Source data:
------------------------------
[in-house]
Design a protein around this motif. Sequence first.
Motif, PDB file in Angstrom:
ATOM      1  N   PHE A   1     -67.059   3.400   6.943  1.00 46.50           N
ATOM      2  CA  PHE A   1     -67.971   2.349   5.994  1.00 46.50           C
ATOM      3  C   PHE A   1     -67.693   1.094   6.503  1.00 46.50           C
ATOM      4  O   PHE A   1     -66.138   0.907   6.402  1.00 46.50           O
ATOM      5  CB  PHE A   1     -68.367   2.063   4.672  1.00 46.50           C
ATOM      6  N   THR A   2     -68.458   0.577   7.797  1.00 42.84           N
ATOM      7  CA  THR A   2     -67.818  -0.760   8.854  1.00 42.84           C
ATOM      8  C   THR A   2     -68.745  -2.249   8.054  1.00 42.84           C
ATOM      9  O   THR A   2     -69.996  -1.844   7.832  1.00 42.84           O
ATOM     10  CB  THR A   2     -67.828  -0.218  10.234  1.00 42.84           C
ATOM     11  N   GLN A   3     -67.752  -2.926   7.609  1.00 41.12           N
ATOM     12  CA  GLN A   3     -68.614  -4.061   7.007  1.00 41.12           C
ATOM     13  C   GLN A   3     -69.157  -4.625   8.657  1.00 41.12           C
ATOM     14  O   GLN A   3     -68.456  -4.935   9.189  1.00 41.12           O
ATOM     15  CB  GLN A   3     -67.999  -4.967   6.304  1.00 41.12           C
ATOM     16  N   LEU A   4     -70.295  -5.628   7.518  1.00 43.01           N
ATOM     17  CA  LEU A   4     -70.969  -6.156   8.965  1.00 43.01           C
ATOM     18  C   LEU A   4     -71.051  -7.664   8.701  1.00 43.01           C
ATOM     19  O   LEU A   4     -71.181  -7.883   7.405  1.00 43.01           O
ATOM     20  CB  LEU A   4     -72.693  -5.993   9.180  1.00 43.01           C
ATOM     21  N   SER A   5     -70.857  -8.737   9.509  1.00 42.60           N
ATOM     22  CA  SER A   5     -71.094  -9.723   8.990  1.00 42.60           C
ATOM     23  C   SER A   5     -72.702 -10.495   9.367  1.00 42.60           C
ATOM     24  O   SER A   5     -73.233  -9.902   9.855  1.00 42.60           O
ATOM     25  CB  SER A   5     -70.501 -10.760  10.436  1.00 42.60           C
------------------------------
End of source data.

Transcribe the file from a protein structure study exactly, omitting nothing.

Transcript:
[in-house]
Design a protein around this motif. Sequence first.
Motif, PDB file in Angstrom:
ATOM      1  N   PHE A   1     -67.059   3.400   6.943  1.00 46.50           N
ATOM      2  CA  PHE A   1     -67.971   2.349   5.994  1.00 46.50           C
ATOM      3  C   PHE A   1     -67.693   1.094   6.503  1.00 46.50           C
ATOM      4  O   PHE A   1     -66.138   0.907   6.402  1.00 46.50           O
ATOM      5  CB  PHE A   1     -68.367   2.063   4.672  1.00 46.50           C
ATOM      6  N   THR A   2     -68.458   0.577   7.797  1.00 42.84           N
ATOM      7  CA  THR A   2     -67.818  -0.760   8.854  1.00 42.84           C
ATOM      8  C   THR A   2     -68.745  -2.249   8.054  1.00 42.84           C
ATOM      9  O   THR A   2     -69.996  -1.844   7.832  1.00 42.84           O
ATOM     10  CB  THR A   2     -67.828  -0.218  10.234  1.00 42.84           C
ATOM     11  N   GLN A   3     -67.752  -2.926   7.609  1.00 41.12           N
ATOM     12  CA  GLN A   3     -68.614  -4.061   7.007  1.00 41.12           C
ATOM     13  C   GLN A   3     -69.157  -4.625   8.657  1.00 41.12           C
ATOM     14  O   GLN A   3     -68.456  -4.935   9.189  1.00 41.12           O
ATOM     15  CB  GLN A   3     -67.999  -4.967   6.304  1.00 41.12           C
ATOM     16  N   LEU A   4     -70.295  -5.628   7.518  1.00 43.01           N
ATOM     17  CA  LEU A   4     -70.969  -6.156   8.965  1.00 43.01           C
ATOM     18  C   LEU A   4     -71.051  -7.664   8.701  1.00 43.01           C
ATOM     19  O   LEU A   4     -71.181  -7.883   7.405  1.00 43.01           O
ATOM     20  CB  LEU A   4     -72.693  -5.993   9.180  1.00 43.01           C
ATOM     21  N   SER A   5     -70.857  -8.737   9.509  1.00 42.60           N
ATOM     22  CA  SER A   5     -71.094  -9.723   8.990  1.00 42.60           C
ATOM     23  C   SER A   5     -72.702 -10.495   9.367  1.00 42.60           C
ATOM     24  O   SER A   5     -73.233  -9.902   9.855  1.00 42.60           O
ATOM     25  CB  SER A   5     -70.501 -10.760  10.436  1.00 42.60           C